Hemp Tasmania

Carbon sequestering

Climate change has emerged as one of the foremost threatening facts for life on earth. Construction of buildings and roads consumes nearly half of the raw material and energy across the world. Inside utility services like lighting, heating and air conditioning emit almost 47% of CO2 in the United Kingdom (UK), for example. Thus it can be concluded this sector is a major contributor to world climate change and requires intensive focus for review of materials, sourcing and building design as green building for reducing greenhouse gas emissions. Cannabis sativa L. (hemp) has received a lot of attention because of its multipurpose useability, short production cycle, low capital demand in cultivation, possibility of carbon-negative transformation and easy carbon sequestering.

Hemp can capture atmospheric carbon twice as effectively as forests while providing carbon-negative biomaterials. “Numerous studies estimate that hemp is one of the best CO2-to-biomass converters” said a senior researcher at the Centre for Natural Material Innovation, University of Cambridge, UK. “It’s even more effective than trees. Industrial hemp absorbs between 8 to 15 tonnes of CO2 per hectare of cultivation. In comparison, forests typically capture 2 to 6 tonnes of CO2 per hectare per year depending on the number of years growth, climatic region, type of trees etc”. Carbon-negative bioplastics and construction materials made from the plant can be used to “replace fibreglass composites, aluminium and other materials in a range of applications”.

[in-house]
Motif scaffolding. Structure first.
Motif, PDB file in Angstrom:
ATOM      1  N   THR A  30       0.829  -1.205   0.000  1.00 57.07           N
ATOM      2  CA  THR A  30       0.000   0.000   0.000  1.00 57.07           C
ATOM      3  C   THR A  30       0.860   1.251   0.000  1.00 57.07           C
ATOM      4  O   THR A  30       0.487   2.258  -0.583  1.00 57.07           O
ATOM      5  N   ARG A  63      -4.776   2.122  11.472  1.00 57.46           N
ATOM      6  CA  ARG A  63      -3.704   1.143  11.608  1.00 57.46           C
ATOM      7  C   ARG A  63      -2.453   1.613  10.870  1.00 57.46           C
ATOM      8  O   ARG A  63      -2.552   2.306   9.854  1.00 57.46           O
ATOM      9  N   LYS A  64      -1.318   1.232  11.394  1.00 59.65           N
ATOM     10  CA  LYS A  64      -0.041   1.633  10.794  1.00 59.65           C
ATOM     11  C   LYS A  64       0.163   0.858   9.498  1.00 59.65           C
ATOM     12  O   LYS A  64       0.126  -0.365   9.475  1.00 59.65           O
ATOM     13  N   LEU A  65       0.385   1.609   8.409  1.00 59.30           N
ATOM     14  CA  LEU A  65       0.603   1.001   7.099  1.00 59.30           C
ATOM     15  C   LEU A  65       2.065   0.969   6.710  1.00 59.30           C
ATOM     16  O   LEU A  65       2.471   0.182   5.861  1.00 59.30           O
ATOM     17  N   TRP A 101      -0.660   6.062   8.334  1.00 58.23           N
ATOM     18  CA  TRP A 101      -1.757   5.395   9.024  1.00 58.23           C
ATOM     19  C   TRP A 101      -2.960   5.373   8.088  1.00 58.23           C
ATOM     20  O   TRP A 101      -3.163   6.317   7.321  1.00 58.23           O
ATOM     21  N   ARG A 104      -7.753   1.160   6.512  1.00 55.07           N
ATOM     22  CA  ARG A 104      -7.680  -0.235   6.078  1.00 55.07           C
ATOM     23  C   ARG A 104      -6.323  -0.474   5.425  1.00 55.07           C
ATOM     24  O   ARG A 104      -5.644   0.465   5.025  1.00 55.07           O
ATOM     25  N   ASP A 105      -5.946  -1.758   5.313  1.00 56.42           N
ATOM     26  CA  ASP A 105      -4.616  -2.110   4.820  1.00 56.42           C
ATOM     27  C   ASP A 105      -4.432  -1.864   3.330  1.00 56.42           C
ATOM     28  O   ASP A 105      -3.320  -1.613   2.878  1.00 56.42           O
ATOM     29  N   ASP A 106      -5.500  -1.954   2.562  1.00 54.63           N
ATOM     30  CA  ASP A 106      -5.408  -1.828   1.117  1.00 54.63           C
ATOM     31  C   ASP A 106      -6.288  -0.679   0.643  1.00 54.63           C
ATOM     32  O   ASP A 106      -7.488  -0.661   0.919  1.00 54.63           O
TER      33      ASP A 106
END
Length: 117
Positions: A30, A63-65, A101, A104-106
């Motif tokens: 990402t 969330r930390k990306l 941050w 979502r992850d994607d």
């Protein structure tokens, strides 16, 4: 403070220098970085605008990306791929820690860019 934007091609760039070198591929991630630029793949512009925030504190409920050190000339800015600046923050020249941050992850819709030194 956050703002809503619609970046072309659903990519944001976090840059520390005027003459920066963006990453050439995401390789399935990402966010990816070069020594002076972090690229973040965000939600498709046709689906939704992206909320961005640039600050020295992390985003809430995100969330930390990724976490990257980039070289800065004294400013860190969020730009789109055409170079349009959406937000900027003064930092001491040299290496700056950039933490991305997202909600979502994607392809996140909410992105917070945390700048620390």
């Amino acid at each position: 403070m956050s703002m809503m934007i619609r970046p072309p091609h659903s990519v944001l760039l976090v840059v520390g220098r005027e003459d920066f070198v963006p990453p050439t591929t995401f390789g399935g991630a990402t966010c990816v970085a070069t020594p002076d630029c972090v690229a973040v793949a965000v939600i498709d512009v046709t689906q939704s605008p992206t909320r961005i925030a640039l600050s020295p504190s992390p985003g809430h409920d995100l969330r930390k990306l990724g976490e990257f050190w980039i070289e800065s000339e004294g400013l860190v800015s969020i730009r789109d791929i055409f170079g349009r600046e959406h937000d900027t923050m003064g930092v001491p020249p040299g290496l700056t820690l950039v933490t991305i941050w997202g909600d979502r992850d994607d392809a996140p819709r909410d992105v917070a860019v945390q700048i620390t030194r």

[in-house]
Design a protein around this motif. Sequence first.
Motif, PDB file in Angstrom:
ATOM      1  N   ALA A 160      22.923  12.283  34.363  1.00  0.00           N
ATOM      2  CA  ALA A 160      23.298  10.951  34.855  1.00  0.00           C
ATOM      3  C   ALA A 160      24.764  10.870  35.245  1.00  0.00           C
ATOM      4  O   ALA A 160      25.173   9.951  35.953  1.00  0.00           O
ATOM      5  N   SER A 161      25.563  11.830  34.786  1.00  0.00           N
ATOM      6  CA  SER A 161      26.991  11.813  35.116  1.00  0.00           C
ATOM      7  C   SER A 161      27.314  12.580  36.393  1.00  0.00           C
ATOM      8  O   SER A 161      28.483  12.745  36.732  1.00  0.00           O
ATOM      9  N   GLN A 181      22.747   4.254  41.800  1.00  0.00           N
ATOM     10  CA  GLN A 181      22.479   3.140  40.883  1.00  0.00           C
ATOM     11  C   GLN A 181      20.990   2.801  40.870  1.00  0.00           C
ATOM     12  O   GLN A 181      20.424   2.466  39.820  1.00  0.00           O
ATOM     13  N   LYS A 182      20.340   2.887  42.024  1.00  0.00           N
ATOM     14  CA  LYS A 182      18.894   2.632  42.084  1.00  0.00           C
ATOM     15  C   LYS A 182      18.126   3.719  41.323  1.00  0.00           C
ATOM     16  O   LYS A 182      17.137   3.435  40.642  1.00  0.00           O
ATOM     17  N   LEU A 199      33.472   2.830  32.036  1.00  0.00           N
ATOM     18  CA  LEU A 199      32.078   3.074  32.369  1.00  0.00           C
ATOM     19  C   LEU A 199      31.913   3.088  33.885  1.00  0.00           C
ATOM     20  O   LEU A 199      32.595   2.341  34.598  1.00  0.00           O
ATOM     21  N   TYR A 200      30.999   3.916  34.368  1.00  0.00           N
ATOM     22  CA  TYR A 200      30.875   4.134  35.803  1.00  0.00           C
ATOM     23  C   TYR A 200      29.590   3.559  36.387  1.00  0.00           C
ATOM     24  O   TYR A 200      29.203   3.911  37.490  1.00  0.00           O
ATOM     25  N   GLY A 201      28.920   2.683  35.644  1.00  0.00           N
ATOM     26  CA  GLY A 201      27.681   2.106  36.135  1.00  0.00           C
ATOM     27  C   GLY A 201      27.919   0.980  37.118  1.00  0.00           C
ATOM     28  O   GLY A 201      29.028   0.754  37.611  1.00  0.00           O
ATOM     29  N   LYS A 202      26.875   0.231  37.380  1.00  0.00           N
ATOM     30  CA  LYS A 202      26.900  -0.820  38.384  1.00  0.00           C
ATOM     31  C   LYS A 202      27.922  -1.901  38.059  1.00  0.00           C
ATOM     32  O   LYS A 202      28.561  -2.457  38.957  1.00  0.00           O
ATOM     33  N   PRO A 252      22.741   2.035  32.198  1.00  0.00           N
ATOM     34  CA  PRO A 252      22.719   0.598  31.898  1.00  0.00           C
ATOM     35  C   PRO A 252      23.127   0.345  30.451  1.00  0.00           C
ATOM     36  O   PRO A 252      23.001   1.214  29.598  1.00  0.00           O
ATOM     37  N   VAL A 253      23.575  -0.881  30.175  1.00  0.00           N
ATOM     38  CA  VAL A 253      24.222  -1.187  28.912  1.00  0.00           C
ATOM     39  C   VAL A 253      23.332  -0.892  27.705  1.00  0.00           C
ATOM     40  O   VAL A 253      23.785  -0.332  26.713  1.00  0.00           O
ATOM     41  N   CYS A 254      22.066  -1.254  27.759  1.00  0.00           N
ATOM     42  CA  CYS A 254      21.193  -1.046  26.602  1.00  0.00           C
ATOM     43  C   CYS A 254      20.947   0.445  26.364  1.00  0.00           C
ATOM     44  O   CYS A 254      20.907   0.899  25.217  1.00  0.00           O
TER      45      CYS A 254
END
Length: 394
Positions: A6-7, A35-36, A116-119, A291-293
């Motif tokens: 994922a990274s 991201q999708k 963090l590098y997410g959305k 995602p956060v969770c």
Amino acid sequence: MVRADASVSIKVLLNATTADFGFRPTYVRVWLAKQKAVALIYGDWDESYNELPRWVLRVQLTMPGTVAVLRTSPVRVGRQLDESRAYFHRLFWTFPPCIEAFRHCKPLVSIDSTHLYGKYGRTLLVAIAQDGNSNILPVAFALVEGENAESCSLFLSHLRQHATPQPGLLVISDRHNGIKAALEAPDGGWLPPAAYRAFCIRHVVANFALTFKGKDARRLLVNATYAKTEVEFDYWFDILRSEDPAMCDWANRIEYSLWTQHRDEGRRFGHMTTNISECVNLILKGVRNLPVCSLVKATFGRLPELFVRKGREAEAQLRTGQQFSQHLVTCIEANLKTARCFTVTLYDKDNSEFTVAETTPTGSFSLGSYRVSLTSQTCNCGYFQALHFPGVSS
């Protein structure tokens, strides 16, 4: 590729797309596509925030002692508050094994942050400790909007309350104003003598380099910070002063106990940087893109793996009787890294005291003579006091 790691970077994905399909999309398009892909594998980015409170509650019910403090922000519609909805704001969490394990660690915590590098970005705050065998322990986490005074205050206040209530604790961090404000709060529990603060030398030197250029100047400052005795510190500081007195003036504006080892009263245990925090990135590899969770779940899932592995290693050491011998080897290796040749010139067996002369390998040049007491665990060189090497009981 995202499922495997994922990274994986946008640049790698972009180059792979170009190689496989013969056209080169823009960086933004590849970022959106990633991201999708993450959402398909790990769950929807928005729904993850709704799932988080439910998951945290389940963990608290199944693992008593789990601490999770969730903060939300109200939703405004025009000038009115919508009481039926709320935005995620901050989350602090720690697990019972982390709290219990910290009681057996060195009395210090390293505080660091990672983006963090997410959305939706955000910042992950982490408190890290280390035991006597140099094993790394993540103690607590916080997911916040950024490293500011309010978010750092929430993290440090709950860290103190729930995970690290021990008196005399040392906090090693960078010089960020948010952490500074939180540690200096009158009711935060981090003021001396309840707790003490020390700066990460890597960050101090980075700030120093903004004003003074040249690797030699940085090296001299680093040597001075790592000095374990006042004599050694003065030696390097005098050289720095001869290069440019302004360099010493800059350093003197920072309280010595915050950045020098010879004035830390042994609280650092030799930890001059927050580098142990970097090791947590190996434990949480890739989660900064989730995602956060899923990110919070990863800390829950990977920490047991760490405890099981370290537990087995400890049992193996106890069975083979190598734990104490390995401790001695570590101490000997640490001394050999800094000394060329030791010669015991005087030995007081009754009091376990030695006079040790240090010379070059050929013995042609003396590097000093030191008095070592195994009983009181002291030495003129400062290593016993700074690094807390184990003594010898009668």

The strong, stiff fibres that form the outside of the stem can be used to produce bioplastic products including automotive parts, wind-turbine blades and cladding panels. “With the hemp bioplastic cladding panels, we find that they are a suitable alternative to aluminium, bitumen-plastic and galvanised steel panels, requiring only 15 to 60% of the energy in its production”. In contrast to conventional agriculture, which emits large amounts of carbon, hemp farms do the opposite. “Agricultural land in the UK, on average, emits around 3 tonnes of CO2 per hectare per year. Hemp offers an incredible scope to grow a better future”. In addition, hemp produces more useable fibres per hectare than forestry.

Original sources: Hemp as a potential raw material toward a sustainable world and Hemp “more effective than trees” at sequestering carbon

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